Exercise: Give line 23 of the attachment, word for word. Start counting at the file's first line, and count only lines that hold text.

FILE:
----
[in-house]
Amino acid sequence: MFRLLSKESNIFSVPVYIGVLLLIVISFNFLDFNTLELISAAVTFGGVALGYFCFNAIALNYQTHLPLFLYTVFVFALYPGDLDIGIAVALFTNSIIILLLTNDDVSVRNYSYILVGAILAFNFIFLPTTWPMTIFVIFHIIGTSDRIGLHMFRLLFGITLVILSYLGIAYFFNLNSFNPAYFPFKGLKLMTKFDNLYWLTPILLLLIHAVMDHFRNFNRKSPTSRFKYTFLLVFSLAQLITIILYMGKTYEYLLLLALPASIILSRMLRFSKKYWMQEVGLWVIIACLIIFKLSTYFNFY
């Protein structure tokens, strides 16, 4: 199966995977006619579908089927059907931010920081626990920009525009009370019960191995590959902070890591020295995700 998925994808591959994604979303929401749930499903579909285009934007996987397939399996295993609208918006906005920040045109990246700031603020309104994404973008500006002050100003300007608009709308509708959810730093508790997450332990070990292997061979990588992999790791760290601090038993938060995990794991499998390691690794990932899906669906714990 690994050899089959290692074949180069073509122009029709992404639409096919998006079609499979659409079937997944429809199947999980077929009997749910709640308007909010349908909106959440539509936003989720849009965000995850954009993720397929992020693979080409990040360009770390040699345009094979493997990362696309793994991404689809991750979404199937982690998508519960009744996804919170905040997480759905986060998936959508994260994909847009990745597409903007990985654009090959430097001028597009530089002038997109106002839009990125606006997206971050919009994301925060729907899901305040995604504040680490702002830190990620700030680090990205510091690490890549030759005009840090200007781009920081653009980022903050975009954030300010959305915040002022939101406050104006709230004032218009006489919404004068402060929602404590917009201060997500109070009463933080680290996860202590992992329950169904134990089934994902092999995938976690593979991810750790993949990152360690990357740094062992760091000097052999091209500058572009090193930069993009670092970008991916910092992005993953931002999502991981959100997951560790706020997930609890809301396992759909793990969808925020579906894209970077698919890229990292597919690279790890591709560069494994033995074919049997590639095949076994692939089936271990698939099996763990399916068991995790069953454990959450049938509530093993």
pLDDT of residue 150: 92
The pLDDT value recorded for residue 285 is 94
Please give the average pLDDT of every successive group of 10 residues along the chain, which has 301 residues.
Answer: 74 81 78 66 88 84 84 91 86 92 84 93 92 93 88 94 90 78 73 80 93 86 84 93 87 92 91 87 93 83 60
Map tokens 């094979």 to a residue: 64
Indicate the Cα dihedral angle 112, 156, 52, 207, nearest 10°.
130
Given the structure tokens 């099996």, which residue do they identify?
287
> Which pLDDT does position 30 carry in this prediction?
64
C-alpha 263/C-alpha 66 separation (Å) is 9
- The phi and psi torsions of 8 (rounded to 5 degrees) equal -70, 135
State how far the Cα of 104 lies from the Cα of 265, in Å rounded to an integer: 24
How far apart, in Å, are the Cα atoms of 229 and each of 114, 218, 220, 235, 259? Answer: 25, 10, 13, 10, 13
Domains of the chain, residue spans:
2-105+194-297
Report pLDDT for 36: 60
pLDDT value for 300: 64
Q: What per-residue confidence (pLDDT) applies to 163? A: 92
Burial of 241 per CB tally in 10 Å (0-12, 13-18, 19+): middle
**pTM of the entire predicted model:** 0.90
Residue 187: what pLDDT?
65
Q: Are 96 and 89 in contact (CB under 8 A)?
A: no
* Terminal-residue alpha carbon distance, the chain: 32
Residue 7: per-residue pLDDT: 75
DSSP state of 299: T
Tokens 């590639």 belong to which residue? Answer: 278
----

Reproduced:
Q: What per-residue confidence (pLDDT) applies to 163? A: 92